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Article PublishedJune 25, 1999

Back to the very root of French ancestry
By Xenia Stanford

I just returned from an interesting trip to Minneapolis where I discussed genealogy with a long-time friend from France and a newly found cousin to my children. The friend from France was most interested in obtaining a copy of the article I wrote on French records, which appears in the July/August 1999 issue of Family Chronicle magazine.

It was not so she could add information, as I had hoped. She was more interested in finding tips for her own research, which has reached a dead end at her great grandparents. She summarised her difficulties as follows: "You know the French destroyed many records during the Revolution. The priests tried their best to cachet (sic - "hide" in English) the records but not all succeeded. Even the records of those that did succeed may still be lost to us."

What she said applies to many countries especially those torn by revolution. For example, my grandfather's baptism certificate in what is now part of the Ukraine contained the exact address of the land his father owned at the time my grandfather was born. Since land was divided among descendants, generation after generation, the records could have revealed my entire lineage on that side of the family back to the origin of the first person who was given this land. Alas, when I tried to retrieve these land records, I was told by a highly regarded and experienced Ukrainian historian and genealogist that these were almost all destroyed during the Russian Revolution.

"There was a great shortage of fuel", he said, "but great stacks of land records. So the people ransacked the government offices during the anarchy and burned the 'logs' of paper to keep warm."

Apparently furniture and anything else that was flammable was also used as fuel. It is lucky anything of value survived that period.

Unfortunately keeping warm was not the only reason that records were destroyed during revolutions. An overthrow of the reigning monarchy and its systems was also a motive. In the French Revolution, as in the Russian, the intent was also to overturn "unscientific" and "superstitious" practises which included religion. Hence destruction of churches and church records was also a fatality of these civil wars.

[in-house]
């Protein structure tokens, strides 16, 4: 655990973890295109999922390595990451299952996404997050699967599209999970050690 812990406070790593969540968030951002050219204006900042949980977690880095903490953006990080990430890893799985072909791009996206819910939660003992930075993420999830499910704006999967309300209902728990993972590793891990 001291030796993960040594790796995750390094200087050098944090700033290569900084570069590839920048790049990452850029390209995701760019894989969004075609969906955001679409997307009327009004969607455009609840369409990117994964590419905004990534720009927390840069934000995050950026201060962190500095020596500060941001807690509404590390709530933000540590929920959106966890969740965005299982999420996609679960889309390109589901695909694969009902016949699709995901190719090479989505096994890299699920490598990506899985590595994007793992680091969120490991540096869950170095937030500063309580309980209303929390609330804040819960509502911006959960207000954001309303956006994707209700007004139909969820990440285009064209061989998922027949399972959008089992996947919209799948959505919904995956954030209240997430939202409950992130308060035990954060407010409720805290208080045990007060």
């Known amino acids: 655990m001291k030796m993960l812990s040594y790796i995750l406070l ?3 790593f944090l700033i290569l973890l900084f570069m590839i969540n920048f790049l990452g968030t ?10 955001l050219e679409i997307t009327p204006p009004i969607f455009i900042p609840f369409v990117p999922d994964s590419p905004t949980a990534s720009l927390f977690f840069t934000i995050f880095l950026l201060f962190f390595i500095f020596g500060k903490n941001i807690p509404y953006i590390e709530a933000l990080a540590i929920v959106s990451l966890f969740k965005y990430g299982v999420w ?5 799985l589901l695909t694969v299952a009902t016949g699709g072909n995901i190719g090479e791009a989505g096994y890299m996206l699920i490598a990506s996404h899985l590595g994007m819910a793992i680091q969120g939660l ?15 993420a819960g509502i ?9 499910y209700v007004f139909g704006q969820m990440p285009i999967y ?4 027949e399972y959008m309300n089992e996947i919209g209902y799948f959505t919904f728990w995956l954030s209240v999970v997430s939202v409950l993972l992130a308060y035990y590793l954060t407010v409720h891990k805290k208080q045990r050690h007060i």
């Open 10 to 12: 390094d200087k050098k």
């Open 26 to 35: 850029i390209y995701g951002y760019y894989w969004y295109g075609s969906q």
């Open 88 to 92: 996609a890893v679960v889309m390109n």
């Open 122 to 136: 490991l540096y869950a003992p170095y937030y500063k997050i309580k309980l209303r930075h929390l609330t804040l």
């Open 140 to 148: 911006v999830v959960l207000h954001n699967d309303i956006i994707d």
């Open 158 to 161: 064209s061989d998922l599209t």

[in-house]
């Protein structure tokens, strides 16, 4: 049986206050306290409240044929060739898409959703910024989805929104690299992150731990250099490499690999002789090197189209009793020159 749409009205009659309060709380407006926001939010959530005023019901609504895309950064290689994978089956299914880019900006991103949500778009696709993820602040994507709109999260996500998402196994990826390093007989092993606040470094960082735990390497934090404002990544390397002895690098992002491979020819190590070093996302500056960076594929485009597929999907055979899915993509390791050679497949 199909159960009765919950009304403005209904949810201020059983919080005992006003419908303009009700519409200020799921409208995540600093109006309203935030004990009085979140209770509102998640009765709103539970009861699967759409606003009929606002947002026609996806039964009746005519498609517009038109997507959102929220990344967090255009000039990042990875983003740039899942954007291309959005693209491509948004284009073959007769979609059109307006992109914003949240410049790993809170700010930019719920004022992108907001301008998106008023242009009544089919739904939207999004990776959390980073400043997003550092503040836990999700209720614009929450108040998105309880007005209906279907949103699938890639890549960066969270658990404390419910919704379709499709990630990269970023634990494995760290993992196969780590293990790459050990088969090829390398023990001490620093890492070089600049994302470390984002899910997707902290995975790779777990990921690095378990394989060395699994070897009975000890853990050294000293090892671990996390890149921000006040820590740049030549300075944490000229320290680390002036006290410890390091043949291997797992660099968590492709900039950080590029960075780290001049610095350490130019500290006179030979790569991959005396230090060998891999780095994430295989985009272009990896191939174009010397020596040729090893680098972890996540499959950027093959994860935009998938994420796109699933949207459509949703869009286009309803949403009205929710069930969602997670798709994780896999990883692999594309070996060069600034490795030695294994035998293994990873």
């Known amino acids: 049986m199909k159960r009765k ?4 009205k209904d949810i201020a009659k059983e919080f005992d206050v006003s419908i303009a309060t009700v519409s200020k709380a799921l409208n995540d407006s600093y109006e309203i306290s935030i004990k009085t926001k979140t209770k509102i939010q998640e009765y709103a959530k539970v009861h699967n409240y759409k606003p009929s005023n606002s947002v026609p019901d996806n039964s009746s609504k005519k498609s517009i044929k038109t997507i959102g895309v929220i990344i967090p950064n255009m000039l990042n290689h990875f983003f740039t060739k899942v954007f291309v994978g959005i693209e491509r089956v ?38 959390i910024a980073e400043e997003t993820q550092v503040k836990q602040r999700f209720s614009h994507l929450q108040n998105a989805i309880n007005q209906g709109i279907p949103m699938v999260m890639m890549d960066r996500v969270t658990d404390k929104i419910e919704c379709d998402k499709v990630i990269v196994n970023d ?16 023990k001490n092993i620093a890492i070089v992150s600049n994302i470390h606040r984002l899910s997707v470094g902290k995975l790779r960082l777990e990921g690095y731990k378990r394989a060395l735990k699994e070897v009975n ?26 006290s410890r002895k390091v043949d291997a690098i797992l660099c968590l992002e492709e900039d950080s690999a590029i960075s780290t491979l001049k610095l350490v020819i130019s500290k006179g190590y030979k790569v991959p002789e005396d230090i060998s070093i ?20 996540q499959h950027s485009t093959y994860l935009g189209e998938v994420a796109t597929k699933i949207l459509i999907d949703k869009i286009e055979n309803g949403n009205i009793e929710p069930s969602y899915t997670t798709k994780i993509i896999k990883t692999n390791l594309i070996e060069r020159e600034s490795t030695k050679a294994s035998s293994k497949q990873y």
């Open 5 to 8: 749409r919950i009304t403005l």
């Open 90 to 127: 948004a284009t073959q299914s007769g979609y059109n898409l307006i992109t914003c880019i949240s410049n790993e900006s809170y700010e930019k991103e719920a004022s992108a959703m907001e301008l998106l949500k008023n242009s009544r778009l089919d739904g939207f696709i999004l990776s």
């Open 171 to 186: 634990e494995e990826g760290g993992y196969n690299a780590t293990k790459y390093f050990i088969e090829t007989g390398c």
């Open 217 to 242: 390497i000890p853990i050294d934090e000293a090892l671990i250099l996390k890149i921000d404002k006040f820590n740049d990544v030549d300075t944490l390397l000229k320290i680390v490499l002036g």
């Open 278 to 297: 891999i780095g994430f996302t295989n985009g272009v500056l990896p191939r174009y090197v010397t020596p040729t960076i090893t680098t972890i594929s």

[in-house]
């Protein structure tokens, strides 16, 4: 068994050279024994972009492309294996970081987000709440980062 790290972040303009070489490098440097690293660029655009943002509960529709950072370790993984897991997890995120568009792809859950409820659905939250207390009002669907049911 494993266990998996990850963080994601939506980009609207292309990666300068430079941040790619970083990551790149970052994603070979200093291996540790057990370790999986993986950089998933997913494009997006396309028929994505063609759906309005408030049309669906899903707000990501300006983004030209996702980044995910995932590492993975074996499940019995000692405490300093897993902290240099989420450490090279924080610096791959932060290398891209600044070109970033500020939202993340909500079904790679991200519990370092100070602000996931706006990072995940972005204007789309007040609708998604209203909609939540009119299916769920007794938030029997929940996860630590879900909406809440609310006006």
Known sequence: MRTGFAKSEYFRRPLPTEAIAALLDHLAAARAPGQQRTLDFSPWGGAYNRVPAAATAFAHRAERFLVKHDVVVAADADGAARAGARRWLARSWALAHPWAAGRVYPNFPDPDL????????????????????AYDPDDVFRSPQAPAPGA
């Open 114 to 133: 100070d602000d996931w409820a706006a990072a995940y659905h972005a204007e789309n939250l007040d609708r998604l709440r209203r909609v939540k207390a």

Those records that did survive were the result of the efforts of priests to hide the parish registers. However, many of the records ferreted underground may have been so well hidden that when those who buried them passed away, so did the knowledge of the whereabouts of the spared records. So which records were destroyed and which are still stored moulding in some forgotten cache makes no difference to the modern researcher. Lost is as good as gone.

However, the newly found cousin with whom I enjoyed dinner at an old mill now restaurant is a descendant of a man whose roots we can trace back to the early 17th century in Anjou, France. Thus it is often possible to track our lineage from pre-Revolutionary eras thanks to those who preserved the records and brought them back to light in less turbulent times.


The Revolution was not totally negative for genealogists. In fact, the establishment of the post-Revolutionary first French Republic in 1792 mandated civil registration. No longer were records dependent upon different religions, different priests and different methods.

However, you should not despair if you have traced your ancestors back to the time of the French Revolution and wish to tackle the Ancient Regime, as the revolutionaries called anything before their time. Many have successfully traced their ancestors to the 17th century and even earlier.

Of course, tracing roots means working backward from present generations to ancient times. So knowledge of where and how records are now stored in the country in which your French ancestors where born or lived is necessary even to obtain the ancient record today. However, for those who are fortunate enough to have leaped the hurdles of modern genealogy and are now facing the daunting task of working backward from 1792, the common question is "How far back can I realistically expect to go?"

Theoretically the furthest back one should be able to trace is to Adam, the first man, or whatever unearthed common ancestor the archaeologists can find. However, we know that is impossible due to the lack of documentation. Although the first calendar dates from 4241 BC in Egypt and writing began about 4000 BC in Babylon, consistent recording of all vital records or genealogies did not occur until civil registration was invoked.